Here are 5 things you should know about Ranjan Gogoi, the new Chief Justice of India

Here are 5 things you should know about Ranjan Gogoi, the new Chief Justice of India

On 13 September, Ranjan Gogoi, was appointed the Chief of Justice of India (CJI), succeeding Dipak Misra. The moment was historic. Gogoi is the first CJI from the Northeast of India. He is also stepping into Misra’s shoes ahead of the latter’s retirement on 2 October. Given his status as the senior-most judge on the Supreme Court after Misra, his appointment was all but guaranteed. He was recommended for the post on 4 September by his predecessor.

Gogoi has had a long and varied career since passing the bar in 1978. He spent the initial chunk of his career at the Guwahati High Court, before his transfer to the Punjab and Haryana High Court in 2010 and eventual elevation to the Supreme Court in 2012.

Here are five things you should know about the 46th CJI:-

He will only have a tenure of 13 months

As per the Indian Constitution, Chief Justices cannot be above the age of 65. Just like his predecessor Misra, Gogoi, who is currently 63 years of age, will only hold the post of CJI for 13 months. He will turn 65 on November 17th next year. Following his retirement, he will likely be replaced by the Madan Bhimarao Lokur, who is the senior-most judge after him.

The short stints of Chief Justices has long been an issue of debate among Indian parliamentarians. Since independence, the 65-year limit has resulted in the average tenure of a CJI being around 18 months. Earlier this year, the government was said to be mulling a proposal to raise the retirement age of the CJI. However, this was mired in accusations that this was a ploy to prolong the tenure of Misra, who is said to favour the current administration.

His father is a former chief minister of Assam

Gogoi’s father, Keshab Chandra Gogoi, was a lawyer-turned politician and influential Congress leader in Assam. He became the chief minister of Assam for two months in 1982 as protests over the issue of illegal immigration swelled. Interestingly, according to the book Gauhati High Court: History and Heritage by Arup Kumar Dutta, when a colleague asked him if he wanted his son to become Chief Minister, KC Gogoi said that his son would one day become the CJI.

He’s presided over a number of important SC judgements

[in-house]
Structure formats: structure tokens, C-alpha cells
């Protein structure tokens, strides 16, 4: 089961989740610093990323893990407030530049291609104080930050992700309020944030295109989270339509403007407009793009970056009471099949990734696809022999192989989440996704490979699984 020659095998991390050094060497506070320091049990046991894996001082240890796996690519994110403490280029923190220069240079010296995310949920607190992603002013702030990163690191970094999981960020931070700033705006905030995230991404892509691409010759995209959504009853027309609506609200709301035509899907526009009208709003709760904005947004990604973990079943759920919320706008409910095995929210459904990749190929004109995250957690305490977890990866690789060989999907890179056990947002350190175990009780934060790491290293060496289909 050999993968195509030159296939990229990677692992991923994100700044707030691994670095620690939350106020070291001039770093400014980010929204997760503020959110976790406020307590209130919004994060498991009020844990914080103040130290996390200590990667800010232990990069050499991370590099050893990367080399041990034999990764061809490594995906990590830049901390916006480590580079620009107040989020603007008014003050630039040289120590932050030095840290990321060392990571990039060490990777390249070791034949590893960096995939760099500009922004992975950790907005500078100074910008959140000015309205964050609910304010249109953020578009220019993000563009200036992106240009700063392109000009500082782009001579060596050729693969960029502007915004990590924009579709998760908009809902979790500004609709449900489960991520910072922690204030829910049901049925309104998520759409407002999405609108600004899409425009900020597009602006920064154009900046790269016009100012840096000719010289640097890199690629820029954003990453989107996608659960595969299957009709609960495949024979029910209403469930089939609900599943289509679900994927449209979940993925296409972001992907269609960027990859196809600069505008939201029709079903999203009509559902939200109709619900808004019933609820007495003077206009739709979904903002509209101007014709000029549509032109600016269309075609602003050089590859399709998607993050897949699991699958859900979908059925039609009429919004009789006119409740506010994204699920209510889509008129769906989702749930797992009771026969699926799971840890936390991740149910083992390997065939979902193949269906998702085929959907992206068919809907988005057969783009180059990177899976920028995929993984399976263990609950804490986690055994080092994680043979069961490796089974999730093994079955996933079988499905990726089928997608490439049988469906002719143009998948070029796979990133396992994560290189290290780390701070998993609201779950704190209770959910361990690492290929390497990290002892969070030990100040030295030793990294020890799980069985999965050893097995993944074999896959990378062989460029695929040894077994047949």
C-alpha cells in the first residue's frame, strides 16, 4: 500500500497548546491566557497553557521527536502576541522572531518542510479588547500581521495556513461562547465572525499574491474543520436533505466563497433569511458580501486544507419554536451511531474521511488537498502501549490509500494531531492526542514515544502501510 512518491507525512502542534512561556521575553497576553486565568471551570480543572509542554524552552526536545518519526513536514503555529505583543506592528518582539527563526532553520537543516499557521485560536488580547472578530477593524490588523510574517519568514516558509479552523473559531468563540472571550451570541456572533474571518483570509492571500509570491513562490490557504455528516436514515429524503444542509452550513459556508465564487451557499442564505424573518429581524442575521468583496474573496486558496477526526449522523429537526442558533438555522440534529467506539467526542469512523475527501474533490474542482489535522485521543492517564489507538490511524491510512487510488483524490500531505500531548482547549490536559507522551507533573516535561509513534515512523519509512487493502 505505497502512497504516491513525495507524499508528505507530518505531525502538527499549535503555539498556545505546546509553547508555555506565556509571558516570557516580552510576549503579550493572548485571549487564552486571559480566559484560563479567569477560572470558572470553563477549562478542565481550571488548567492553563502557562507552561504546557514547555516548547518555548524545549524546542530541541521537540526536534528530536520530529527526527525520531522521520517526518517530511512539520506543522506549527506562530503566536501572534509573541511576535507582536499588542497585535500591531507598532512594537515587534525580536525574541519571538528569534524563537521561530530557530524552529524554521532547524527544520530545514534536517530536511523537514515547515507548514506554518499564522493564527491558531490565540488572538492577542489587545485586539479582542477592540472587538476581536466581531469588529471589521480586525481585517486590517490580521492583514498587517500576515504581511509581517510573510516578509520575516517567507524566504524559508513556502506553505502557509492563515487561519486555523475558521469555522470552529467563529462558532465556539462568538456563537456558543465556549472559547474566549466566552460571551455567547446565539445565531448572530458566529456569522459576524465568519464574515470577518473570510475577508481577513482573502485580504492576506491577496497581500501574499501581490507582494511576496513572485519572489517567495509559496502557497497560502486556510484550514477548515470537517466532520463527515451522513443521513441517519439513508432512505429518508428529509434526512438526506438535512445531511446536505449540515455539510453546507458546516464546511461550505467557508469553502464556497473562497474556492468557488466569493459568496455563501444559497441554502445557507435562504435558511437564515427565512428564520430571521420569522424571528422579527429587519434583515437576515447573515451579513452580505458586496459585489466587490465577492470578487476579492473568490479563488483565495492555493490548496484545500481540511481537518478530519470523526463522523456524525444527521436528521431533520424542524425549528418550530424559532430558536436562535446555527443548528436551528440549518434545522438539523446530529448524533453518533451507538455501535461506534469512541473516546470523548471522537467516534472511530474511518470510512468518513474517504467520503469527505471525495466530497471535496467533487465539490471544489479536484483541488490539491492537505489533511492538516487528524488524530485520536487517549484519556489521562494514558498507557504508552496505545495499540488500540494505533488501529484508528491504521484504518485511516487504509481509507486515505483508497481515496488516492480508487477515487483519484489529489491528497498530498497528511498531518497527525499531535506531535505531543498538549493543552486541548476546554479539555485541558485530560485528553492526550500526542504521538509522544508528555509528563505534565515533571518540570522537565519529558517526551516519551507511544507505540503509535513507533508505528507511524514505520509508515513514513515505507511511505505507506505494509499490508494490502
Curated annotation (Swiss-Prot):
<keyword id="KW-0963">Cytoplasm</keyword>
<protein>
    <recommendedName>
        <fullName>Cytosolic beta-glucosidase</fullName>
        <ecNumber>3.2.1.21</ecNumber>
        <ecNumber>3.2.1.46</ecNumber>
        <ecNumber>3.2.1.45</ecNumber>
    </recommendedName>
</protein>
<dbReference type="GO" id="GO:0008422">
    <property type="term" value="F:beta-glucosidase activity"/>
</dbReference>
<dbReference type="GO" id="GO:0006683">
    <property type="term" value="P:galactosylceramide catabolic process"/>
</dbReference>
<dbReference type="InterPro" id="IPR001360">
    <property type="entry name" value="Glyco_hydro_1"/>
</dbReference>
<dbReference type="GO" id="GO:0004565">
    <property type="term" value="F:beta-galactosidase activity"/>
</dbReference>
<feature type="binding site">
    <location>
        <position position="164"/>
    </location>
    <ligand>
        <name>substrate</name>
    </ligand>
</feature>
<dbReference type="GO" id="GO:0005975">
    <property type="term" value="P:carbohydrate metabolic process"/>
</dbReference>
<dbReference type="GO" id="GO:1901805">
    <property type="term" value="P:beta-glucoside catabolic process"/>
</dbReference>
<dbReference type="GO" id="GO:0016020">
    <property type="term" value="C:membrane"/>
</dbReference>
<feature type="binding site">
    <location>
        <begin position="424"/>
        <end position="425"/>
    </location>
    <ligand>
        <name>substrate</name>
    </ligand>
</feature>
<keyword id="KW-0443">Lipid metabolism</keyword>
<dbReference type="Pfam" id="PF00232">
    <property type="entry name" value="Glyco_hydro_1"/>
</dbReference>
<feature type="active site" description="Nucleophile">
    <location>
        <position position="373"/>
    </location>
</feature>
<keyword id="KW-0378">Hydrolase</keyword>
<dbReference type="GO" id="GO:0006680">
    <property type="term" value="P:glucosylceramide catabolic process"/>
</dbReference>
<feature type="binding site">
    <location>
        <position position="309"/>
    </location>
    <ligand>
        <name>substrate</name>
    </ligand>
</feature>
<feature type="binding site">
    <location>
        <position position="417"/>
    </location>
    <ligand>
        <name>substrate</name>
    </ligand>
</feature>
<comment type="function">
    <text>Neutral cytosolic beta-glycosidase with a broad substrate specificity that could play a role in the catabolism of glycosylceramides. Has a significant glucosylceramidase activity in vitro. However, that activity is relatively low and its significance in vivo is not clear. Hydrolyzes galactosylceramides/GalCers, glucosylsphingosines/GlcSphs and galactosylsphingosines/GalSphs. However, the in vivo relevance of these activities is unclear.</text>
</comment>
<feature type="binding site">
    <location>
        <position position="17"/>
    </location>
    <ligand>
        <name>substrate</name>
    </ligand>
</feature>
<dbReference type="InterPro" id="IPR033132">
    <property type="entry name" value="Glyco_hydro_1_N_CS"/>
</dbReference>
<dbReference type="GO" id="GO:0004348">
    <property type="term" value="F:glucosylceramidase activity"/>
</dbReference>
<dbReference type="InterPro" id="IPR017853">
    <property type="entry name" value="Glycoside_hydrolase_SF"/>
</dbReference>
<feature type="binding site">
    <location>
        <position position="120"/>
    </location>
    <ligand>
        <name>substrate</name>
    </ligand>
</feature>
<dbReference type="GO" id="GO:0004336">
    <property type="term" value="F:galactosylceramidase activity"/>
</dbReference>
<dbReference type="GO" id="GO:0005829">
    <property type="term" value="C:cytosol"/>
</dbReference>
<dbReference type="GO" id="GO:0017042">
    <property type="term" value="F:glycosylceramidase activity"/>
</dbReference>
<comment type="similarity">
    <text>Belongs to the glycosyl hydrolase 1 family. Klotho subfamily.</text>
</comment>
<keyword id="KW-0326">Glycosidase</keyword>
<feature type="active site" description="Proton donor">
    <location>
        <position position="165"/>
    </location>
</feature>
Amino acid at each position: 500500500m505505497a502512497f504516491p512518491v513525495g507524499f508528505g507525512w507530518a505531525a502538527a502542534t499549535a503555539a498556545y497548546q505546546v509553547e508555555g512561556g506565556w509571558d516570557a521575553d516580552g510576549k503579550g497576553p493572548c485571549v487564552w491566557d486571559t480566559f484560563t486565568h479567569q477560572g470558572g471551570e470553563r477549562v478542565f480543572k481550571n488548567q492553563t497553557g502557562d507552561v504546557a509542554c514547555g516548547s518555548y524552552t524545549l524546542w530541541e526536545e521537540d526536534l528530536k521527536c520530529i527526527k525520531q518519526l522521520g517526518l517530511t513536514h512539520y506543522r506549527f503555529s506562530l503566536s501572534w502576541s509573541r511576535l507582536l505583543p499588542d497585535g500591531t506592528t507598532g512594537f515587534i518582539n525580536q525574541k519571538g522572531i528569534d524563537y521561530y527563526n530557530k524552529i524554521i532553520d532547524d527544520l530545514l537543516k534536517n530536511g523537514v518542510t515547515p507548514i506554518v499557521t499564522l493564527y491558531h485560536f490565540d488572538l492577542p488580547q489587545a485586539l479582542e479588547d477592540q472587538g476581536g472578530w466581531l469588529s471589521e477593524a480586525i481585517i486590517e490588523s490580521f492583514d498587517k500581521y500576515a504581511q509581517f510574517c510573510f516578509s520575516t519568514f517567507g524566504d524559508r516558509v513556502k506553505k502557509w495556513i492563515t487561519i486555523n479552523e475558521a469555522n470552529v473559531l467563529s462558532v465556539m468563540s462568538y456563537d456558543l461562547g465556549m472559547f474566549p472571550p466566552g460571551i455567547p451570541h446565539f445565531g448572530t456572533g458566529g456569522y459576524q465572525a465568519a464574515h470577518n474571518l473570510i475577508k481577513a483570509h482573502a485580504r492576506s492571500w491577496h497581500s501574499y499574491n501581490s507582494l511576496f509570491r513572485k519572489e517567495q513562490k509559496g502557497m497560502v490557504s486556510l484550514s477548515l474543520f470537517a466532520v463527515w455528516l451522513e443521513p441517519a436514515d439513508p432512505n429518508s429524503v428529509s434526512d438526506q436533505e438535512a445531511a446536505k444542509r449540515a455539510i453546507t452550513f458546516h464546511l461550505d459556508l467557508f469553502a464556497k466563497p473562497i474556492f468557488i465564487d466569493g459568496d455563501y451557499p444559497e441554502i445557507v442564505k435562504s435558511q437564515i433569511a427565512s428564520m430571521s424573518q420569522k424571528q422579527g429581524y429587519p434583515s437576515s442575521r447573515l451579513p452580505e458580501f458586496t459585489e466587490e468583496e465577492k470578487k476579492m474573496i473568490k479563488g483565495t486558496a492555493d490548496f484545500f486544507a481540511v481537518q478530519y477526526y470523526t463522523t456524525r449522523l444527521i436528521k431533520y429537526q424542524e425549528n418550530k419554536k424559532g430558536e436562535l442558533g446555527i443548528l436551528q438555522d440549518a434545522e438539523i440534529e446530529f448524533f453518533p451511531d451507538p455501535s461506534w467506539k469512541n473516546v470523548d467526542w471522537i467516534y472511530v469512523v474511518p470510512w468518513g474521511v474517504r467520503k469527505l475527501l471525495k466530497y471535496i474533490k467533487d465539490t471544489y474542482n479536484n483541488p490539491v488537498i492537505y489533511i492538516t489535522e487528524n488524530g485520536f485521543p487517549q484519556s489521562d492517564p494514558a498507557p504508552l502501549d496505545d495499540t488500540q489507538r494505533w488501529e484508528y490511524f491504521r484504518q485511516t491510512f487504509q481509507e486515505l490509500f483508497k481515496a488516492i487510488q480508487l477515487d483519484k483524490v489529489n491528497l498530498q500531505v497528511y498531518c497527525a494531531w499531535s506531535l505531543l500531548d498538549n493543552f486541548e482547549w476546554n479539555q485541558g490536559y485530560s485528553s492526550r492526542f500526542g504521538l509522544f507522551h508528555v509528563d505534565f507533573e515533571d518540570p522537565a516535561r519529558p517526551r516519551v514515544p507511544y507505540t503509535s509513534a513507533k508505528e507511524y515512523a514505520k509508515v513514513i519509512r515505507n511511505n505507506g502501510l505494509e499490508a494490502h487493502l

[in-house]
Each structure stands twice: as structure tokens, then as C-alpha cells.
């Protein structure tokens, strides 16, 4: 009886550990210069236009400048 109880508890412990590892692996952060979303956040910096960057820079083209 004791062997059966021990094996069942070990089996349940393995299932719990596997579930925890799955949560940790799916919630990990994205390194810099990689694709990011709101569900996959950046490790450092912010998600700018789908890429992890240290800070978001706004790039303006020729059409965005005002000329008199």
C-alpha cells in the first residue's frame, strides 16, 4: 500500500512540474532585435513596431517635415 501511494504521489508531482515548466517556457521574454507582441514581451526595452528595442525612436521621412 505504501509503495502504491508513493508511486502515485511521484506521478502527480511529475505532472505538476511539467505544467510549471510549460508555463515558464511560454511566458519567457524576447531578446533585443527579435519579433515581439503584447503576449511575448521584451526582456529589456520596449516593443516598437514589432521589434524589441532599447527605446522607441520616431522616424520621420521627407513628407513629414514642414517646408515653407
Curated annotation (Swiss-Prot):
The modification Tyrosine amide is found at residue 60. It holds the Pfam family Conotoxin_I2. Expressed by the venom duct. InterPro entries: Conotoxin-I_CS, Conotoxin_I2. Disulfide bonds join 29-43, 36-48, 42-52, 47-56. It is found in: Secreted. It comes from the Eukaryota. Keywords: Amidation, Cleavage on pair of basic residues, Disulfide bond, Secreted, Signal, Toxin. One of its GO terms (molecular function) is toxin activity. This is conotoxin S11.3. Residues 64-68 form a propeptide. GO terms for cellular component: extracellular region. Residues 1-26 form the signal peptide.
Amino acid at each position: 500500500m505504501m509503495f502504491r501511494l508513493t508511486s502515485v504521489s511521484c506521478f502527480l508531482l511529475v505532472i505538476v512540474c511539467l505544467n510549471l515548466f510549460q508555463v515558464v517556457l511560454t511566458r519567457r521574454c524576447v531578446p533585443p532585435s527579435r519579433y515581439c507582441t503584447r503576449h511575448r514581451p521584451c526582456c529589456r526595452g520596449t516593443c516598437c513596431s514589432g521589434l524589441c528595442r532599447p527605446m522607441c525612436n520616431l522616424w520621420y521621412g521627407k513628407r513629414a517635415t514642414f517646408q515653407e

Gogoi has overseen a lot of important cases and judgements during his tenure as a Supreme Court judge. In May 2018, he revoked a proposal from the Uttar Pradesh government that allowed all ex-chief ministers to retain their official residences. He also presided over the cases of Arushi Talwar’s murder, the setting up of special courts to try Members of Parliament and Legislative Assemblies and a judgement prohibiting the government from using photographs of anyone else but the PM, President and the CJI for advertising purposes. He is currently leading a bench that has been tasked with monitoring updates to the National Register of Citizens in order to prevent unnecessary deportations of Assamese residents.

He has released details of his assets to the public

Gogoi is among the 11 out of 23 sitting judges in the Supreme Court who have published details of their assets and financial holdings on the SC website. According to the filing, he does not own a car and does not have any outstanding debts or investments in mutual funds or shares. Until this year, his most prominent assets were a piece of a land in Assam that he sold for ₹6.5 million in June 2018 and an old house he inherited from his mother in mid-2015.

He was one of the judges who criticised former CJI Dipak Misra

Gogoi’s possible appointment as CJI came under speculation after he and three other senior Supreme Court judges called a press conference at the beginning of 2018 to criticise CJI Misra and state the India’s democracy was under threat. In what was the first such event in the history of the Indian judicial system, the group of judges - which included Gogoi, Madan B Lokur, Kurian Joseph and the now retired J Chelameswar - said that Misra’s system of allocating certain cases was faulty and politically motivated. As he takes on the post of CJI, one of Gogoi’s first tasks will to be clean the SC’s image and improving the roster system of case allocation.